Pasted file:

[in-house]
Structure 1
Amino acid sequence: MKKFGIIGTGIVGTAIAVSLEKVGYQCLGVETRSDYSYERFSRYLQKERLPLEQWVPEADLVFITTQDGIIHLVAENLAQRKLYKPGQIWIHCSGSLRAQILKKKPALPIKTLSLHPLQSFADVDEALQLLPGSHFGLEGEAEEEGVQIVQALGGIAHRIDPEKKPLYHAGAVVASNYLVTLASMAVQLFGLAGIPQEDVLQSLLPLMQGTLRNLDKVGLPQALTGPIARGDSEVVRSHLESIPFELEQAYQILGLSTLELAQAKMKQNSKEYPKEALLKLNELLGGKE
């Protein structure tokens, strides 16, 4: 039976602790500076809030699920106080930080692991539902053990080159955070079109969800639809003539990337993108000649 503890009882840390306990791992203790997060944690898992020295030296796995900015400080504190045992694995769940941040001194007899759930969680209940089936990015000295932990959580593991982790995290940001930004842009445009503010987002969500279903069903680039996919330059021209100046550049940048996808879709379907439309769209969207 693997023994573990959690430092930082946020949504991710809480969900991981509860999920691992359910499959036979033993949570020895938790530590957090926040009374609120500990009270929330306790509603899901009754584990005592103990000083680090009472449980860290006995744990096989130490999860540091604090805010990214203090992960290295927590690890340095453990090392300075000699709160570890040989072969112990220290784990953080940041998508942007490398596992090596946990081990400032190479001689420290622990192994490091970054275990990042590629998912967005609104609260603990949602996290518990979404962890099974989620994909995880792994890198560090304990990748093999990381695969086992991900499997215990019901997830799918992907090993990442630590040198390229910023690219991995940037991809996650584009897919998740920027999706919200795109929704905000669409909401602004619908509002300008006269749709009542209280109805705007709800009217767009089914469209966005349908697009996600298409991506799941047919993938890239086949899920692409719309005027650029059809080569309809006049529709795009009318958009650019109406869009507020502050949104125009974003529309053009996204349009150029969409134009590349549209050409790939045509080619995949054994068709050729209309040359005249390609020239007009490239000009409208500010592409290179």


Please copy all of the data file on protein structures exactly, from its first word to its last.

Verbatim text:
[in-house]
Structure 1
Amino acid sequence: MKKFGIIGTGIVGTAIAVSLEKVGYQCLGVETRSDYSYERFSRYLQKERLPLEQWVPEADLVFITTQDGIIHLVAENLAQRKLYKPGQIWIHCSGSLRAQILKKKPALPIKTLSLHPLQSFADVDEALQLLPGSHFGLEGEAEEEGVQIVQALGGIAHRIDPEKKPLYHAGAVVASNYLVTLASMAVQLFGLAGIPQEDVLQSLLPLMQGTLRNLDKVGLPQALTGPIARGDSEVVRSHLESIPFELEQAYQILGLSTLELAQAKMKQNSKEYPKEALLKLNELLGGKE
């Protein structure tokens, strides 16, 4: 039976602790500076809030699920106080930080692991539902053990080159955070079109969800639809003539990337993108000649 503890009882840390306990791992203790997060944690898992020295030296796995900015400080504190045992694995769940941040001194007899759930969680209940089936990015000295932990959580593991982790995290940001930004842009445009503010987002969500279903069903680039996919330059021209100046550049940048996808879709379907439309769209969207 693997023994573990959690430092930082946020949504991710809480969900991981509860999920691992359910499959036979033993949570020895938790530590957090926040009374609120500990009270929330306790509603899901009754584990005592103990000083680090009472449980860290006995744990096989130490999860540091604090805010990214203090992960290295927590690890340095453990090392300075000699709160570890040989072969112990220290784990953080940041998508942007490398596992090596946990081990400032190479001689420290622990192994490091970054275990990042590629998912967005609104609260603990949602996290518990979404962890099974989620994909995880792994890198560090304990990748093999990381695969086992991900499997215990019901997830799918992907090993990442630590040198390229910023690219991995940037991809996650584009897919998740920027999706919200795109929704905000669409909401602004619908509002300008006269749709009542209280109805705007709800009217767009089914469209966005349908697009996600298409991506799941047919993938890239086949899920692409719309005027650029059809080569309809006049529709795009009318958009650019109406869009507020502050949104125009974003529309053009996204349009150029969409134009590349549209050409790939045509080619995949054994068709050729209309040359005249390609020239007009490239000009409208500010592409290179």